Practical Landscaping

When designing your home’s landscaping, be sure to keep your practical needs in mind. If you want a garden that is easy to maintain, keep it simple, using ground covers, mulch, or features such as pathways as main elements in your design. If you’re looking for improvements that could make your house easier to sell, pick a conservative lawn and border plants over wilder and more individualistic choices.container-gardening-dreamstime

Do you need extra privacy? Consider using trees and shrubs to demarcate your property and provide a sense of enclosure while avoiding a fortress look. Growing (softscape) elements can actually offer more privacy than hardscape features such as fences and walls because local building codes do not limit plant heights. And as an added bonus, a boundary made up of plants will usually cost much less than a fence or wall.

The U.S. Department of Energy states that even one strategically placed tree can save a household up to 25 percent on energy. If you wish to protect your house and yard from the searing sun, position trees and shrubs to create shade and absorb sunlight. If you live in a cold winter climate, you might consider deciduous varieties, which, fully foliaged, will obstruct summer sun and then let filtered light pass into your home once leaves drop in the fall.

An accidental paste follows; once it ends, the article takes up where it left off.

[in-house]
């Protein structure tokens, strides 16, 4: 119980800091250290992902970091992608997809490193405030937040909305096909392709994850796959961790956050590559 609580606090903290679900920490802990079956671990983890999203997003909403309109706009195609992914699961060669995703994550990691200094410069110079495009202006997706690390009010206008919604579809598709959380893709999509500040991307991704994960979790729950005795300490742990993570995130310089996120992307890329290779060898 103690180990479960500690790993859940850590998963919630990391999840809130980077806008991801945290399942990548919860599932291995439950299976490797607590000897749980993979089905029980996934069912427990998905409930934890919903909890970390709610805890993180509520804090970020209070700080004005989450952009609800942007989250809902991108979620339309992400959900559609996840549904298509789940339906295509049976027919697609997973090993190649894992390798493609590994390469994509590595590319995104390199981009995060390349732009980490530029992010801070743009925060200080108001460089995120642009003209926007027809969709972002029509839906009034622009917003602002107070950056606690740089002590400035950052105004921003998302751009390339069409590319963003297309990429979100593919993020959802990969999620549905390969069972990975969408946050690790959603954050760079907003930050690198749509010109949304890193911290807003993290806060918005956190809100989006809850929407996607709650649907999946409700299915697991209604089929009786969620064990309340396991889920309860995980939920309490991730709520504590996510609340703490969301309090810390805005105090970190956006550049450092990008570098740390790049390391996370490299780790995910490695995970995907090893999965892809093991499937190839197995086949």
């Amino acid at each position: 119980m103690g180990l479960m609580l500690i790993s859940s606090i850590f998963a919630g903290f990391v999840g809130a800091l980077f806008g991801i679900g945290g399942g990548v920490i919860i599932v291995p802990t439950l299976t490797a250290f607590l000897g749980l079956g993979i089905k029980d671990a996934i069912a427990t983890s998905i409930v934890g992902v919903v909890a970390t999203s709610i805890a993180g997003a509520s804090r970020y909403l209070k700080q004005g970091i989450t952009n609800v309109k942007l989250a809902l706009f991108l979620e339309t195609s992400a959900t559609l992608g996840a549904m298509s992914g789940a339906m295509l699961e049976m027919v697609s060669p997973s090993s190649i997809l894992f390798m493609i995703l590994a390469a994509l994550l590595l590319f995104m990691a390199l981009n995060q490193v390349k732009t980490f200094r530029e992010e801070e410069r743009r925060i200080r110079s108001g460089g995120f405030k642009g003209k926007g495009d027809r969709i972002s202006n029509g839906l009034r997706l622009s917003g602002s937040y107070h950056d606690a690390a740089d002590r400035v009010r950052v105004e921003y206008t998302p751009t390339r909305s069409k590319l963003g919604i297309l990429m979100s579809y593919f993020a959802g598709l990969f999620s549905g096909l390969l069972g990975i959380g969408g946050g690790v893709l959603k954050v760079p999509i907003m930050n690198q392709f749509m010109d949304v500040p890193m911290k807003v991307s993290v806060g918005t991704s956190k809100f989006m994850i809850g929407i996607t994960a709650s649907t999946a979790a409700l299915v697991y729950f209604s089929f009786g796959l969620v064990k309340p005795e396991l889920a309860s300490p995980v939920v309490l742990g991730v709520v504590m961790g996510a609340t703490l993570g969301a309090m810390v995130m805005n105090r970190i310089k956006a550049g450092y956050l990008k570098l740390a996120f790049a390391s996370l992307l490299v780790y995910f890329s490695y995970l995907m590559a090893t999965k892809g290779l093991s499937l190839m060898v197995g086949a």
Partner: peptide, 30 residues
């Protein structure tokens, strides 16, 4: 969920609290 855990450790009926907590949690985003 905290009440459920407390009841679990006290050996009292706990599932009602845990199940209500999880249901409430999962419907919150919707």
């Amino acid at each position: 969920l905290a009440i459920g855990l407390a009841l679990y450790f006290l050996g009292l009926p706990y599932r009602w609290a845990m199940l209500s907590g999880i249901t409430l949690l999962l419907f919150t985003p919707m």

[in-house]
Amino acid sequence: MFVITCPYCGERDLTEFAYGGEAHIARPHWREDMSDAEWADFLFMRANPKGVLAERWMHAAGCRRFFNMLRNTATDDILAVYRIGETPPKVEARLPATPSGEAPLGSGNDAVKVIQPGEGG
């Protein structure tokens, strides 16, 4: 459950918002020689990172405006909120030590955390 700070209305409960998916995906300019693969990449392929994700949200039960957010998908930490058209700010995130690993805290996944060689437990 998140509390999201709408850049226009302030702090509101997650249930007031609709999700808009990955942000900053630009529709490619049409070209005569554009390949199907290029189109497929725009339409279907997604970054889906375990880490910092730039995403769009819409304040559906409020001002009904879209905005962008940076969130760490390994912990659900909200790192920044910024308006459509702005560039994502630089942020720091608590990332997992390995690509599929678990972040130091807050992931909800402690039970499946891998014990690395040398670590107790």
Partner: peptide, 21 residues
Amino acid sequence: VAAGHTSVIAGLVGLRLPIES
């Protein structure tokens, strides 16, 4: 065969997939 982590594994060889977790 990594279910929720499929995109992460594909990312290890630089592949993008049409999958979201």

You can also use landscaping to mask unattractive areas or attributes of your house or yard. For instance, you can plant shrubs to obscure garbage cans or the gas meter or thread evergreen vines through an ugly chain-link fence. A flowering border can soften a harsh gray concrete or gravel driveway.

For a small yard, use trees or other tall landscape elements to direct the eye upward, or place bright colors in the foreground of your design and pastels farther back to create a sense of distance. You can divide a long, skinny yard into smaller areas by positioning plantings to break up the line of sight.

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